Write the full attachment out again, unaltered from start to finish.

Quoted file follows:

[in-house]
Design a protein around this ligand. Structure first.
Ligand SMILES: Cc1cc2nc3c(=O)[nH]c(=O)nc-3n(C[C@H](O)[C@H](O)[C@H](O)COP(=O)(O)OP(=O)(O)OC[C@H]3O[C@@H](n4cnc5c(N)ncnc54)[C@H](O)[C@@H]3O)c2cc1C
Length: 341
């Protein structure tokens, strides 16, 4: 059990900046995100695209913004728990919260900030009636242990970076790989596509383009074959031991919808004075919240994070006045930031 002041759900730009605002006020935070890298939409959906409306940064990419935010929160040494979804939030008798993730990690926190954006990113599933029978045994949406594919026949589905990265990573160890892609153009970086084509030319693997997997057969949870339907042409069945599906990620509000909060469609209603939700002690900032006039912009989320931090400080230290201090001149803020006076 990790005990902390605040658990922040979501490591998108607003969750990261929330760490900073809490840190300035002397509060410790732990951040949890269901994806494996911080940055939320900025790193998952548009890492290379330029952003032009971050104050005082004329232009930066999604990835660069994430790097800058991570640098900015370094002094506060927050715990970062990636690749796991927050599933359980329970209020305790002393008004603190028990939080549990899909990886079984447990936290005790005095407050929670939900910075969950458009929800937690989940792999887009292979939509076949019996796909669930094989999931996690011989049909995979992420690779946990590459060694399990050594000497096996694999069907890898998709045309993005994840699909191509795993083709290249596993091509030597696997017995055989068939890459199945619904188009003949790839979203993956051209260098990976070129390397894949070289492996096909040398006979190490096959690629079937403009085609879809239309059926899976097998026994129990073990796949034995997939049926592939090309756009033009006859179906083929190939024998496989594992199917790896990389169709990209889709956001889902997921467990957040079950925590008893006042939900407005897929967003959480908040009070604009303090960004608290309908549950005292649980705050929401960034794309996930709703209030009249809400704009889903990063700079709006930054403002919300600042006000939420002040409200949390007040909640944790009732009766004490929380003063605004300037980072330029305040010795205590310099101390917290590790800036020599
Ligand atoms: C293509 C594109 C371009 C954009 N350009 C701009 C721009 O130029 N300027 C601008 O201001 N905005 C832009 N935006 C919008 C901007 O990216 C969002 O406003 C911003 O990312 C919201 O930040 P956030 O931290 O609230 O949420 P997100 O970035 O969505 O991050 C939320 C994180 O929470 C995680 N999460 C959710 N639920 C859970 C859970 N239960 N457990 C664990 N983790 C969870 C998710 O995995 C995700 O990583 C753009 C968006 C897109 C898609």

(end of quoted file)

[in-house]
Design a protein around this ligand. Structure first.
Ligand SMILES: Cc1cc2nc3c(=O)[nH]c(=O)nc-3n(C[C@H](O)[C@H](O)[C@H](O)COP(=O)(O)OP(=O)(O)OC[C@H]3O[C@@H](n4cnc5c(N)ncnc54)[C@H](O)[C@@H]3O)c2cc1C
Length: 341
């Protein structure tokens, strides 16, 4: 059990900046995100695209913004728990919260900030009636242990970076790989596509383009074959031991919808004075919240994070006045930031 002041759900730009605002006020935070890298939409959906409306940064990419935010929160040494979804939030008798993730990690926190954006990113599933029978045994949406594919026949589905990265990573160890892609153009970086084509030319693997997997057969949870339907042409069945599906990620509000909060469609209603939700002690900032006039912009989320931090400080230290201090001149803020006076 990790005990902390605040658990922040979501490591998108607003969750990261929330760490900073809490840190300035002397509060410790732990951040949890269901994806494996911080940055939320900025790193998952548009890492290379330029952003032009971050104050005082004329232009930066999604990835660069994430790097800058991570640098900015370094002094506060927050715990970062990636690749796991927050599933359980329970209020305790002393008004603190028990939080549990899909990886079984447990936290005790005095407050929670939900910075969950458009929800937690989940792999887009292979939509076949019996796909669930094989999931996690011989049909995979992420690779946990590459060694399990050594000497096996694999069907890898998709045309993005994840699909191509795993083709290249596993091509030597696997017995055989068939890459199945619904188009003949790839979203993956051209260098990976070129390397894949070289492996096909040398006979190490096959690629079937403009085609879809239309059926899976097998026994129990073990796949034995997939049926592939090309756009033009006859179906083929190939024998496989594992199917790896990389169709990209889709956001889902997921467990957040079950925590008893006042939900407005897929967003959480908040009070604009303090960004608290309908549950005292649980705050929401960034794309996930709703209030009249809400704009889903990063700079709006930054403002919300600042006000939420002040409200949390007040909640944790009732009766004490929380003063605004300037980072330029305040010795205590310099101390917290590790800036020599
Ligand atoms: C293509 C594109 C371009 C954009 N350009 C701009 C721009 O130029 N300027 C601008 O201001 N905005 C832009 N935006 C919008 C901007 O990216 C969002 O406003 C911003 O990312 C919201 O930040 P956030 O931290 O609230 O949420 P997100 O970035 O969505 O991050 C939320 C994180 O929470 C995680 N999460 C959710 N639920 C859970 C859970 N239960 N457990 C664990 N983790 C969870 C998710 O995995 C995700 O990583 C753009 C968006 C897109 C898609």